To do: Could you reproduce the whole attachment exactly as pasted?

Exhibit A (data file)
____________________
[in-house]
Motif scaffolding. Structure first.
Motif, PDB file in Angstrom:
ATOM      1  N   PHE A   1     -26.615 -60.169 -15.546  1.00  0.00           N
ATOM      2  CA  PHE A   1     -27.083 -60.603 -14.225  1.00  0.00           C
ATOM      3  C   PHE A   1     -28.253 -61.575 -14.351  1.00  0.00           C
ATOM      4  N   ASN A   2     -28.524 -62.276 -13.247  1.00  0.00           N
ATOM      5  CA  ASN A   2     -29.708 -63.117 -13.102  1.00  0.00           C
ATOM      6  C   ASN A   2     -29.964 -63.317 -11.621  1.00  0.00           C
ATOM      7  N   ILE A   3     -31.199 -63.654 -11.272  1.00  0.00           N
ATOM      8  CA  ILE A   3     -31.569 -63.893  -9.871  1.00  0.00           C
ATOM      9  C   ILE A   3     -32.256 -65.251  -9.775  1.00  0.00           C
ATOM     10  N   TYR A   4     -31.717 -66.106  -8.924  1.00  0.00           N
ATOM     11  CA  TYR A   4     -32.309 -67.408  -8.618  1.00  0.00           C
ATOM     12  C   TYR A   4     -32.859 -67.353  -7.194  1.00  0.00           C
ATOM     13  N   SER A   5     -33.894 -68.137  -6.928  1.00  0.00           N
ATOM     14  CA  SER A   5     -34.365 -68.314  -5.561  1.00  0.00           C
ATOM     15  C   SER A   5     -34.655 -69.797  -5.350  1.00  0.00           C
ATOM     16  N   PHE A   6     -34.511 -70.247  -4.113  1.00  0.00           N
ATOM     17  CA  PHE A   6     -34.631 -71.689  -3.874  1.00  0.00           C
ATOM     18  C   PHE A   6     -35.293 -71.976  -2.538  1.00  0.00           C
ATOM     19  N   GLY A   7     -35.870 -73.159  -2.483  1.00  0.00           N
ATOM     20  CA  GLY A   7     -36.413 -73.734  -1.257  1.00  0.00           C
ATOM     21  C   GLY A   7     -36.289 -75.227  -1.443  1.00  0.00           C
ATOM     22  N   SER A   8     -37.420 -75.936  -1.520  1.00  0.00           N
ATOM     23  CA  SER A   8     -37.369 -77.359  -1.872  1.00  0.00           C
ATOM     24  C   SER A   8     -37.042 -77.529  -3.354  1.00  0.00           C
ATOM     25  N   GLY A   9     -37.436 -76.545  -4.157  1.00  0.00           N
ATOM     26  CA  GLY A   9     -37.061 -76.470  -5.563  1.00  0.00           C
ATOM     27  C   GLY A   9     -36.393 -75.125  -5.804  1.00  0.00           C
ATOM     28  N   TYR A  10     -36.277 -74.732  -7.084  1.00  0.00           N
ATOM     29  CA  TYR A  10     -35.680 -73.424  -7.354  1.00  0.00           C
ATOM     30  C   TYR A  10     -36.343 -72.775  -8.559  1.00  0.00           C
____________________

[in-house]
Motif scaffolding. Structure first.
Motif, PDB file in Angstrom:
ATOM      1  N   PHE A   1     -26.615 -60.169 -15.546  1.00  0.00           N
ATOM      2  CA  PHE A   1     -27.083 -60.603 -14.225  1.00  0.00           C
ATOM      3  C   PHE A   1     -28.253 -61.575 -14.351  1.00  0.00           C
ATOM      4  N   ASN A   2     -28.524 -62.276 -13.247  1.00  0.00           N
ATOM      5  CA  ASN A   2     -29.708 -63.117 -13.102  1.00  0.00           C
ATOM      6  C   ASN A   2     -29.964 -63.317 -11.621  1.00  0.00           C
ATOM      7  N   ILE A   3     -31.199 -63.654 -11.272  1.00  0.00           N
ATOM      8  CA  ILE A   3     -31.569 -63.893  -9.871  1.00  0.00           C
ATOM      9  C   ILE A   3     -32.256 -65.251  -9.775  1.00  0.00           C
ATOM     10  N   TYR A   4     -31.717 -66.106  -8.924  1.00  0.00           N
ATOM     11  CA  TYR A   4     -32.309 -67.408  -8.618  1.00  0.00           C
ATOM     12  C   TYR A   4     -32.859 -67.353  -7.194  1.00  0.00           C
ATOM     13  N   SER A   5     -33.894 -68.137  -6.928  1.00  0.00           N
ATOM     14  CA  SER A   5     -34.365 -68.314  -5.561  1.00  0.00           C
ATOM     15  C   SER A   5     -34.655 -69.797  -5.350  1.00  0.00           C
ATOM     16  N   PHE A   6     -34.511 -70.247  -4.113  1.00  0.00           N
ATOM     17  CA  PHE A   6     -34.631 -71.689  -3.874  1.00  0.00           C
ATOM     18  C   PHE A   6     -35.293 -71.976  -2.538  1.00  0.00           C
ATOM     19  N   GLY A   7     -35.870 -73.159  -2.483  1.00  0.00           N
ATOM     20  CA  GLY A   7     -36.413 -73.734  -1.257  1.00  0.00           C
ATOM     21  C   GLY A   7     -36.289 -75.227  -1.443  1.00  0.00           C
ATOM     22  N   SER A   8     -37.420 -75.936  -1.520  1.00  0.00           N
ATOM     23  CA  SER A   8     -37.369 -77.359  -1.872  1.00  0.00           C
ATOM     24  C   SER A   8     -37.042 -77.529  -3.354  1.00  0.00           C
ATOM     25  N   GLY A   9     -37.436 -76.545  -4.157  1.00  0.00           N
ATOM     26  CA  GLY A   9     -37.061 -76.470  -5.563  1.00  0.00           C
ATOM     27  C   GLY A   9     -36.393 -75.125  -5.804  1.00  0.00           C
ATOM     28  N   TYR A  10     -36.277 -74.732  -7.084  1.00  0.00           N
ATOM     29  CA  TYR A  10     -35.680 -73.424  -7.354  1.00  0.00           C
ATOM     30  C   TYR A  10     -36.343 -72.775  -8.559  1.00  0.00           C